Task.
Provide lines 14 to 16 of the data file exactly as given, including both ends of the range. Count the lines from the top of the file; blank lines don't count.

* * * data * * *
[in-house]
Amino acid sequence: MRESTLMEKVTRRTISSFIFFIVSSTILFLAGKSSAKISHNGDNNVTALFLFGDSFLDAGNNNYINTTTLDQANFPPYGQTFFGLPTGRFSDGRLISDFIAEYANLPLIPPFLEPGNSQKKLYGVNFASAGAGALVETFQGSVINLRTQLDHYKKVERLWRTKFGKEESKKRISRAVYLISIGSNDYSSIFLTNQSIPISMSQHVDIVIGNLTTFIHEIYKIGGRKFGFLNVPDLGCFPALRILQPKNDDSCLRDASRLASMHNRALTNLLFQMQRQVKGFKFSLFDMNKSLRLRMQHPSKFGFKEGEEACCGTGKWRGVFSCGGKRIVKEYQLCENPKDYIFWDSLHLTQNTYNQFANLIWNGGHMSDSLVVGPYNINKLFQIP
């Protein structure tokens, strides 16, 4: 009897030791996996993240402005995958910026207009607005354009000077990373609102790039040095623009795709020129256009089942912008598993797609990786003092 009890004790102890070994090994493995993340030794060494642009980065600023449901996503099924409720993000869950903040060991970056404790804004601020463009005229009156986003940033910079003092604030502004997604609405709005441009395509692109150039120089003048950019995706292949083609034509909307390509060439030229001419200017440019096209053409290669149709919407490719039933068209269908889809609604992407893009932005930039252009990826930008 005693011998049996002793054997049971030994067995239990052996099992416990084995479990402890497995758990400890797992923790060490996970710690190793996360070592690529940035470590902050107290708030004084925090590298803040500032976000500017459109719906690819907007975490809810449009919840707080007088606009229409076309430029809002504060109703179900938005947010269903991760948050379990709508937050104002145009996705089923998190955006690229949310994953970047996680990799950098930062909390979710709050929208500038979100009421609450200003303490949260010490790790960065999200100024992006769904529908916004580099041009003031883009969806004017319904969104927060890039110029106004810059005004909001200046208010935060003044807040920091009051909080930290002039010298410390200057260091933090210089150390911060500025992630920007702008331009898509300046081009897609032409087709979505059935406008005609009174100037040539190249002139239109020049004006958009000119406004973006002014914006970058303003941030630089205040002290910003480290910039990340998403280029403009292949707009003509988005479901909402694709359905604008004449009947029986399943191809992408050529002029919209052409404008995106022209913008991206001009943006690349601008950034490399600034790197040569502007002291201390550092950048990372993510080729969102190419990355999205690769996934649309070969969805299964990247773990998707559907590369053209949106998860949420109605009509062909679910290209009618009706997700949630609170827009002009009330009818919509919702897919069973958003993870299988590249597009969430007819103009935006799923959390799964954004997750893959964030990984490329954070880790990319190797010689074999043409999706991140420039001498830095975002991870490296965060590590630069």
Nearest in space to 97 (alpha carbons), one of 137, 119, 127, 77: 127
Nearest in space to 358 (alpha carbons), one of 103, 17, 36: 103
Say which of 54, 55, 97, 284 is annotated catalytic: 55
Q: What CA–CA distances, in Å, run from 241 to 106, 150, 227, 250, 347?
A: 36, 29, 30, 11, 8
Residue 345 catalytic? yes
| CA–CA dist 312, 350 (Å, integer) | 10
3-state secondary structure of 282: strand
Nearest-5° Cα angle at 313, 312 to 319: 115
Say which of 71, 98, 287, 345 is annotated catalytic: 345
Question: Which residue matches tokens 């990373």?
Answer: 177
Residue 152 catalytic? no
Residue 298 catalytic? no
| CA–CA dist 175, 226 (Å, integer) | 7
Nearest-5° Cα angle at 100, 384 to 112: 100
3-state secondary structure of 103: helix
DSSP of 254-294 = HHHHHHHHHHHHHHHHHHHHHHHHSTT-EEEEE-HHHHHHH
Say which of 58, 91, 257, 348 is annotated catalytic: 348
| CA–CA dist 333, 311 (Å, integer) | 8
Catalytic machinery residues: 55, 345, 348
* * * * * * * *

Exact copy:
Question: Which residue matches tokens 């990373």?
Answer: 177
Residue 152 catalytic? no